Brighton Fringe, Brighton – until 21 May 2017
A converted metal shipping container is an appropriate theatre for Under My Thumb, a show that traps six women in a prison cell without ever revealing why. Cassiah Joski-Jethi eludes to it in her script and the audience are left to fill in the gaps.
We appreciate the dystopian world that James Haddrell creates – “slodge” in metal dog bowls and bin bag blankets to sleep under. But this touring version of the show lacks the raw power of its original incarnation, the production that opened and christened Greenwich Theatre’s new studio space.
Six different personalities that react to their incarceration. Some shutdown – Nev (Jessica Aquilina) skulks around the fringes of the set and keeps to herself until even she cracks. It’s not the captors, it’s the system; Aquilina’s speech oozes poignancy and forces a tender moment of warmth from Lily (Alice De-Warrenne). Apart from this, De-Warrenne feels uncertain and unsure, reticent in her delivery and holding something back from committing to her gently protective persona.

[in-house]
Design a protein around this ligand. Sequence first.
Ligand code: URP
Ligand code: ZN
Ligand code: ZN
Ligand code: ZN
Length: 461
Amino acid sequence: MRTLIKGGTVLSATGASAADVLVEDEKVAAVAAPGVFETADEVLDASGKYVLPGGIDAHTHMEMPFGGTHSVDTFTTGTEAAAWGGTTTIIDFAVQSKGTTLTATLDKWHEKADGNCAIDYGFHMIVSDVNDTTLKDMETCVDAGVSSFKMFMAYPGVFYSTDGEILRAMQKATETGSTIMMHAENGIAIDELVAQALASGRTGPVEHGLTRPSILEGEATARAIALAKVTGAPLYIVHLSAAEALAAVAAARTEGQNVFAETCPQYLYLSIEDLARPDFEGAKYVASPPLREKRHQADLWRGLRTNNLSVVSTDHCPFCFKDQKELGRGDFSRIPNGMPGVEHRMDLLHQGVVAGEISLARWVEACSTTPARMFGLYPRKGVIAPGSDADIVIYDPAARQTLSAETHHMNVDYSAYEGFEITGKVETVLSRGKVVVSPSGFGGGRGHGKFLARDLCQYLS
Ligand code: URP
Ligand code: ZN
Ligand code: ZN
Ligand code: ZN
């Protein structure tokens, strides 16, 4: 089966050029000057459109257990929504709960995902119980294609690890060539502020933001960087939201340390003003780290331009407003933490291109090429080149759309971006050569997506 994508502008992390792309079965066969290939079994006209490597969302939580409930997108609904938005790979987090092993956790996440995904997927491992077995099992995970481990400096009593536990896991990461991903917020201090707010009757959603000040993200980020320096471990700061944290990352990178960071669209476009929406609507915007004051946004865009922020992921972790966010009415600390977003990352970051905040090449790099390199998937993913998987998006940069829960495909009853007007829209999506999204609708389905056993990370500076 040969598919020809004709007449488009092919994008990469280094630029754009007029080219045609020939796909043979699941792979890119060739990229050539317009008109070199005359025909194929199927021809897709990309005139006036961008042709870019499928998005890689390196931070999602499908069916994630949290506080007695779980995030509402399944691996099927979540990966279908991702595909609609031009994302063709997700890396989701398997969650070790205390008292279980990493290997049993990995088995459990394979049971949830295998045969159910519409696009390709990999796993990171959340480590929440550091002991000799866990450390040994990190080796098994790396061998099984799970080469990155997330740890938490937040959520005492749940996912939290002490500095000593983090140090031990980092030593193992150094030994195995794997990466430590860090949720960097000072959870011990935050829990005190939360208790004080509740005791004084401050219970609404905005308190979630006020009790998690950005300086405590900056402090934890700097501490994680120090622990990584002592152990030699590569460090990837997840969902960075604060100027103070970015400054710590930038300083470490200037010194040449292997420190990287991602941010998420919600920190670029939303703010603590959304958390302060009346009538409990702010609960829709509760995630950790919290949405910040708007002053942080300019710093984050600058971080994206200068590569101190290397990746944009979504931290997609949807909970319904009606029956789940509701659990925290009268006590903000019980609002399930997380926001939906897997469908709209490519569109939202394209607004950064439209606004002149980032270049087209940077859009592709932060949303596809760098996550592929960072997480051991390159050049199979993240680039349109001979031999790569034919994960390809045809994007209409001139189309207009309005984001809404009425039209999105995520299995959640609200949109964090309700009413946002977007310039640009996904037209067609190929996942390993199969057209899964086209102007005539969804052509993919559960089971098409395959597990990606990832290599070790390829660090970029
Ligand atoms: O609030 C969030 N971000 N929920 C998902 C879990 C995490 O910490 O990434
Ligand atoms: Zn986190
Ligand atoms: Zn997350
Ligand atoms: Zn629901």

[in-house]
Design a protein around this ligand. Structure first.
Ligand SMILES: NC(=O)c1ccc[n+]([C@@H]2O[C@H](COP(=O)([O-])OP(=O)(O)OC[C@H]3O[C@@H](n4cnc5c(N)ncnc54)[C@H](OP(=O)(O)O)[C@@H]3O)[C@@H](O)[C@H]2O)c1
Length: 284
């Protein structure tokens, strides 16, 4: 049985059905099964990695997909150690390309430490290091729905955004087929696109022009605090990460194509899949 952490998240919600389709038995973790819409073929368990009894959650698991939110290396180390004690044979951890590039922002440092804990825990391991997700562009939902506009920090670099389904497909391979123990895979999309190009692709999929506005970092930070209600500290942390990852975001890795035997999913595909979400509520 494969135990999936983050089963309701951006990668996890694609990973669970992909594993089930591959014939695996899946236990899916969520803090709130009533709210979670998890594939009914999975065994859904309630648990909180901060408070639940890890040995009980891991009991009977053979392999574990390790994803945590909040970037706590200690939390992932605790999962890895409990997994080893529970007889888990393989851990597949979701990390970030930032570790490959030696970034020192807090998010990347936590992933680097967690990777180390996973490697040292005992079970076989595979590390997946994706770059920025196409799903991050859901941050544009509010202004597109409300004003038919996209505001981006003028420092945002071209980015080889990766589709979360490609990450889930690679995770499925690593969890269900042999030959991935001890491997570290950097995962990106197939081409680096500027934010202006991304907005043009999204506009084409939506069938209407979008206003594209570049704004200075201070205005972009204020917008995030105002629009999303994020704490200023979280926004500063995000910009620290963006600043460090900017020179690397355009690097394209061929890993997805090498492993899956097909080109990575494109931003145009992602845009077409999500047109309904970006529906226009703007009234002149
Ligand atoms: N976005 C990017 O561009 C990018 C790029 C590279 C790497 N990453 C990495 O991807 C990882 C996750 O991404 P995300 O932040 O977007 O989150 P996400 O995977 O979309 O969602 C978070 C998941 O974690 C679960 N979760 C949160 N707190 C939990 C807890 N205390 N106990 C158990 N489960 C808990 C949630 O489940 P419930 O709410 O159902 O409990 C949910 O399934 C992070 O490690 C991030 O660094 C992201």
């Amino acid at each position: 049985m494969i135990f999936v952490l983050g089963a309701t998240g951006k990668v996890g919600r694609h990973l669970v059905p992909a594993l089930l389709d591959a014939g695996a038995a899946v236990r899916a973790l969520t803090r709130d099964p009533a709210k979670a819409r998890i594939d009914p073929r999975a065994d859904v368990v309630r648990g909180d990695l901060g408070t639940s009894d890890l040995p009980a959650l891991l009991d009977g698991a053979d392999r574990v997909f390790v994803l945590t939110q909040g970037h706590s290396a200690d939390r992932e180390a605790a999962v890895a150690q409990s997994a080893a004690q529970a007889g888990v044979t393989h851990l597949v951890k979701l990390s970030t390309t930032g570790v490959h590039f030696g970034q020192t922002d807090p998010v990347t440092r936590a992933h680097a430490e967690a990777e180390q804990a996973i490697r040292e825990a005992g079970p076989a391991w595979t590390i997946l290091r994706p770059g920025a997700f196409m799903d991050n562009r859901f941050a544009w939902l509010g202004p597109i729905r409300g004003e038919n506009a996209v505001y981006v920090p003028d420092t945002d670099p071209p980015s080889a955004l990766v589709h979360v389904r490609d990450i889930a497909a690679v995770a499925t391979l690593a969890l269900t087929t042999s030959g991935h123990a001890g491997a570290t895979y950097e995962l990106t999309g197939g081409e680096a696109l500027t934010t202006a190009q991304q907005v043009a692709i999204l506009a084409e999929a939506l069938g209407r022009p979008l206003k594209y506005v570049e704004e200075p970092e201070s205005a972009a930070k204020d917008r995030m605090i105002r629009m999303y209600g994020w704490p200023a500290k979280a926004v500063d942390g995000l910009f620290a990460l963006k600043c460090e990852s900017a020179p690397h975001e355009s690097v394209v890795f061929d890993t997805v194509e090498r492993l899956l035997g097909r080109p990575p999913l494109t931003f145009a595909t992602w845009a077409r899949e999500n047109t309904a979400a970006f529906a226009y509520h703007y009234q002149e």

Others lash out and fight – Hattie (Charlotte Green) gives the strongest alpha female performance here. Keeping to character, she rails and rallies at every opportunity, the playground bully supported by lapdog Sam (Cassandra Hercules). The chemistry between these two is evident, Hattie stubbornly holding on to her influence while newcomer Ree (Serin Ibrahmi) subtly tries to erode her reasoning. Of all the women, it is Ibrahim’s character who never quite resolves itself, the ending to the production too abrupt as to award any kind of closure.
Under My Thumb as a whole doesn’t feel satisfying – too much in this altered edition remains unsaid and uncertain. Haddrell makes good use of space and video projection to pepper the story with background. But the finale feels clipped, stopped just before the big reveal. This is a cliff-hanger that doesn’t leave its audience desperate for more.